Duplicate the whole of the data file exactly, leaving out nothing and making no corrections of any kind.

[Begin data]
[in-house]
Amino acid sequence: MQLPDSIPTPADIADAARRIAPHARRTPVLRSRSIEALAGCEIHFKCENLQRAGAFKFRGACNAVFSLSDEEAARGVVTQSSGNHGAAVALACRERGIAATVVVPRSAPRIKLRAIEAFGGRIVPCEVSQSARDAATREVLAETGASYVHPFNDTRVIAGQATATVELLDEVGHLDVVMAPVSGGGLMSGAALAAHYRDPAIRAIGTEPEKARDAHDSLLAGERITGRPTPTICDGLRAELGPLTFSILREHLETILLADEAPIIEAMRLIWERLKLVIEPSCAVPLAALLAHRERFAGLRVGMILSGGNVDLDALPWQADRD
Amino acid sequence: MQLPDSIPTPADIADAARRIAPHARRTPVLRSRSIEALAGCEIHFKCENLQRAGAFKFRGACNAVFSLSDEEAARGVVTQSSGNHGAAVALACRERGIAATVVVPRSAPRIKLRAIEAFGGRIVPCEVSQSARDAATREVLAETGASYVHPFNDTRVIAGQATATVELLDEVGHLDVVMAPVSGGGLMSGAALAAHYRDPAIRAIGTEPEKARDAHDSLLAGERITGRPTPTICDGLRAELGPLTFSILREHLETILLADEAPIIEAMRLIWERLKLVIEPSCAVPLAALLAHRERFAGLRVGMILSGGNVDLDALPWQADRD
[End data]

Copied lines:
[in-house]
Amino acid sequence: MQLPDSIPTPADIADAARRIAPHARRTPVLRSRSIEALAGCEIHFKCENLQRAGAFKFRGACNAVFSLSDEEAARGVVTQSSGNHGAAVALACRERGIAATVVVPRSAPRIKLRAIEAFGGRIVPCEVSQSARDAATREVLAETGASYVHPFNDTRVIAGQATATVELLDEVGHLDVVMAPVSGGGLMSGAALAAHYRDPAIRAIGTEPEKARDAHDSLLAGERITGRPTPTICDGLRAELGPLTFSILREHLETILLADEAPIIEAMRLIWERLKLVIEPSCAVPLAALLAHRERFAGLRVGMILSGGNVDLDALPWQADRD
Amino acid sequence: MQLPDSIPTPADIADAARRIAPHARRTPVLRSRSIEALAGCEIHFKCENLQRAGAFKFRGACNAVFSLSDEEAARGVVTQSSGNHGAAVALACRERGIAATVVVPRSAPRIKLRAIEAFGGRIVPCEVSQSARDAATREVLAETGASYVHPFNDTRVIAGQATATVELLDEVGHLDVVMAPVSGGGLMSGAALAAHYRDPAIRAIGTEPEKARDAHDSLLAGERITGRPTPTICDGLRAELGPLTFSILREHLETILLADEAPIIEAMRLIWERLKLVIEPSCAVPLAALLAHRERFAGLRVGMILSGGNVDLDALPWQADRD